Another thing worth noting in “Razorblade” is the wide range of emotions that are presented and supported dynamically within the music. The soft, sullen verses highlight pure sadness, bitter pain and how extremely vulnerable one is in a depressed state of mind. The dynamics of the pre-chorus and chorus are much more explosive, highlighting the aggravation and endless frustration of being stuck in this kind of situation. It’s very important to realize that the negative, hateful voice as I mentioned in regards to “Face It”, is the same voice saying to “go pick up your razor blade”.

Track 3 – Let It Hurt – By this point my character’s mental health is rapidly deteriorating. There’s no longer a separation of the good and bad voices. Now the negative self talk is pretty much the only audible voice left in the psyche. Suicidal thoughts are ever-present and increasingly persistent. “Let It Hurt” shows the impending doom of someone who’s forgotten how to love and care for themselves. The self hatred is so strong by this point that the person really doesn’t care whether they live or die, in fact they’d prefer to die. Death seems to be the only escape from this never ending nightmare.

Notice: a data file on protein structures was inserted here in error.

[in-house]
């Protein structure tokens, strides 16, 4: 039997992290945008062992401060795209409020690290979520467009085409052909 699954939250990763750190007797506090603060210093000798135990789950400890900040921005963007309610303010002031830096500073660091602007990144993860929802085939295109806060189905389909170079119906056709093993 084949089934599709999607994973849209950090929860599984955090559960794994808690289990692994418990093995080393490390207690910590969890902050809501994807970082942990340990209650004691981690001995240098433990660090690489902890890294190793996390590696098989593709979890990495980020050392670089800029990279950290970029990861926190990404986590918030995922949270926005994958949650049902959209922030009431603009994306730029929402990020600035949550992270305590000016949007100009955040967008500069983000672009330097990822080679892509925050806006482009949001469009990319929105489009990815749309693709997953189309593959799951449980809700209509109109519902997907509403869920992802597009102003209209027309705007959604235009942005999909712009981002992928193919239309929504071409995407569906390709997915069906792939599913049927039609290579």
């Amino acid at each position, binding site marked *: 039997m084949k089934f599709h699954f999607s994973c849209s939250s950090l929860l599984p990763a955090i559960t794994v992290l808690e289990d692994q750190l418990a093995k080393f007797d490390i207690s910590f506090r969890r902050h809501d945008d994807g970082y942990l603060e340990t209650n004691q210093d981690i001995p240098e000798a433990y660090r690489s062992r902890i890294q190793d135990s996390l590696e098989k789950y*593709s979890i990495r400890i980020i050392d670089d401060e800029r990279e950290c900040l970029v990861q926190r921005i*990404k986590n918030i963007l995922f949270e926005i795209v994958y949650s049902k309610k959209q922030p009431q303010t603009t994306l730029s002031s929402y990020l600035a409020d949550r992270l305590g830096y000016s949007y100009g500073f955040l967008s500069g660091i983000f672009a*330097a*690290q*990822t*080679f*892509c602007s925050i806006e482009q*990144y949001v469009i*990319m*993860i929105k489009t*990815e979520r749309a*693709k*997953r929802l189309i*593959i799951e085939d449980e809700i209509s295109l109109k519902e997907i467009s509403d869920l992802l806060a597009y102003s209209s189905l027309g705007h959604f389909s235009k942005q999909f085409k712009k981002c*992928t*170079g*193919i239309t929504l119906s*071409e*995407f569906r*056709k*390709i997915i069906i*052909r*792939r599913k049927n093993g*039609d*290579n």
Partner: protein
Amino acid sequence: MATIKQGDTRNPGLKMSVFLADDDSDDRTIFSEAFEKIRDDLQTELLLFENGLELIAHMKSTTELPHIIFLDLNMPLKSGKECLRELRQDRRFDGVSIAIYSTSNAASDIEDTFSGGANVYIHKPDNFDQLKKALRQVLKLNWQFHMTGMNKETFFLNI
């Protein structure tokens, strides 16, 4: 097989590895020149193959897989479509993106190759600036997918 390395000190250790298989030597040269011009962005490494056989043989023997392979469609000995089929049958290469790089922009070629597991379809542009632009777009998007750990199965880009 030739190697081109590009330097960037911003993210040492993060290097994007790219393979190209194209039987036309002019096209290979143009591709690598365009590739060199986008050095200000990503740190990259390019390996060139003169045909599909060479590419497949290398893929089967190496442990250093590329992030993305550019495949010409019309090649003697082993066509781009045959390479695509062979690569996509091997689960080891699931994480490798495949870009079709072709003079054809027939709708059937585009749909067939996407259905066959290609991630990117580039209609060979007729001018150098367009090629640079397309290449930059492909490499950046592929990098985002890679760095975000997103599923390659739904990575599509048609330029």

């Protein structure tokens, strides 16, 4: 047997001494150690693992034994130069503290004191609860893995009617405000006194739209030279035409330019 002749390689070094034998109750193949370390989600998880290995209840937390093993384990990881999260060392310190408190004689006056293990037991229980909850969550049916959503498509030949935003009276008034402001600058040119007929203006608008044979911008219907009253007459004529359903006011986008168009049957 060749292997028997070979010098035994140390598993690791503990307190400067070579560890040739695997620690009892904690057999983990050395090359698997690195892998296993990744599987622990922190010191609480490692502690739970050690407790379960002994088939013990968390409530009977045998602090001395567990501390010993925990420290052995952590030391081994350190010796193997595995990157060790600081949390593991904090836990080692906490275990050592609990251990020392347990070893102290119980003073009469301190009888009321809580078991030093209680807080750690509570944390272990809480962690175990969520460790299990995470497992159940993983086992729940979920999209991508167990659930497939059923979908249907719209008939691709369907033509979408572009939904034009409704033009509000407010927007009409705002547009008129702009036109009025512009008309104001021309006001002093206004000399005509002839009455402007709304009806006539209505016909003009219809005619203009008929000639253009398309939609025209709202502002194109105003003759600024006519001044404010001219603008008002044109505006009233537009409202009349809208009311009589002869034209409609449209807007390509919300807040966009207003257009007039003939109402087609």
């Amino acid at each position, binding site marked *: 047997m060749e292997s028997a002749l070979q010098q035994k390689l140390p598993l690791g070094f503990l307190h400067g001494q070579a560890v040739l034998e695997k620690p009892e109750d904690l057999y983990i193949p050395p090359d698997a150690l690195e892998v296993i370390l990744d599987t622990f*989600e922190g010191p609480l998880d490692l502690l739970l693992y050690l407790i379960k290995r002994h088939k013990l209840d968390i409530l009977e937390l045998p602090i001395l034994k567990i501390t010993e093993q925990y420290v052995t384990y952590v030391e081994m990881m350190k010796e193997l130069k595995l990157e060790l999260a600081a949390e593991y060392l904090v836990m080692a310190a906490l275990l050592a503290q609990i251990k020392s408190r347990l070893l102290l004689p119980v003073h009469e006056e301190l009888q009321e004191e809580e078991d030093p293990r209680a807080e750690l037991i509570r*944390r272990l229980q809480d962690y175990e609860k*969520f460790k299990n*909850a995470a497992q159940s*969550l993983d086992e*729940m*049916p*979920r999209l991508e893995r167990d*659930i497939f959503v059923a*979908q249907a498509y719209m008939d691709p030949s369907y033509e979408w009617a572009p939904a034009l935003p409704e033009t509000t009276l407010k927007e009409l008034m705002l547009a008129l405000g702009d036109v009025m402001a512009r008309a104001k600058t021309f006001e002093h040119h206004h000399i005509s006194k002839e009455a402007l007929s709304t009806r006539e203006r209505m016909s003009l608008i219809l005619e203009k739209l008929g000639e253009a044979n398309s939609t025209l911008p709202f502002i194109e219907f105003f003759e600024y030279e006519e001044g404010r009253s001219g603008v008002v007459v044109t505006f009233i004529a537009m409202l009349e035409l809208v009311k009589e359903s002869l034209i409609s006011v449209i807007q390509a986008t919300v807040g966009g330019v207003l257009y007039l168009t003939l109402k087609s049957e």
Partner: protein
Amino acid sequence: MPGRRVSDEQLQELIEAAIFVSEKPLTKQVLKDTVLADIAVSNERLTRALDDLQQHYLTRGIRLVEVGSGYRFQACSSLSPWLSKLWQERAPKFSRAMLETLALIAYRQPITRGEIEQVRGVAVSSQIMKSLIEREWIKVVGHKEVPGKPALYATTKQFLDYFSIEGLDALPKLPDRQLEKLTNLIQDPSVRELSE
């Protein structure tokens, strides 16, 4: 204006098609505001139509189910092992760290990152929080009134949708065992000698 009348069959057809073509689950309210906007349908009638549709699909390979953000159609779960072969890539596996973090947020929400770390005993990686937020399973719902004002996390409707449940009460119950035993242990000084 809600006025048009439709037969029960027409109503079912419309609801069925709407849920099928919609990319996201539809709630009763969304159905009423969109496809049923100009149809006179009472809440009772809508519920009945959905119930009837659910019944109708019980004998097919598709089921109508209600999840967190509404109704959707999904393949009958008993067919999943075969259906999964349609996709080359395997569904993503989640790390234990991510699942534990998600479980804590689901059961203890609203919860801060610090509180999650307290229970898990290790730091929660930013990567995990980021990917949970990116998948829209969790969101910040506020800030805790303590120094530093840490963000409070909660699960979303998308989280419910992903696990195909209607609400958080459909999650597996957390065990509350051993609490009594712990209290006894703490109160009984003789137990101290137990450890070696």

I held nothing back in the lyrics of “Let It Hurt”, they are very blunt and somewhat graphic. It’s immediately evident that my character has been bullied enough by the hateful voice insisting “go” in the previous song to self-harm. This is an extremely dangerous stage in the downward spiral chronicled in SOS. The chorus lyric “It’ll hurt, let it hurt, if it burns, let it burn” shows that my character has no regard for her well being and plans to continue harming herself. In verse 2 she stands from a rooftop and imagines jumping off. She’s very close to doing so but is stopped only by the thought of her family and friends. She avoids suicide at that moment but continues to inflict serious physical pain on herself. The extended choruses include the lyrics “She weeps in silence, tiptoes through the hall, endures self violence, did it on her own all alone”. This portrays someone who feels all alone in the world and is incapable of reaching out to anyone for help.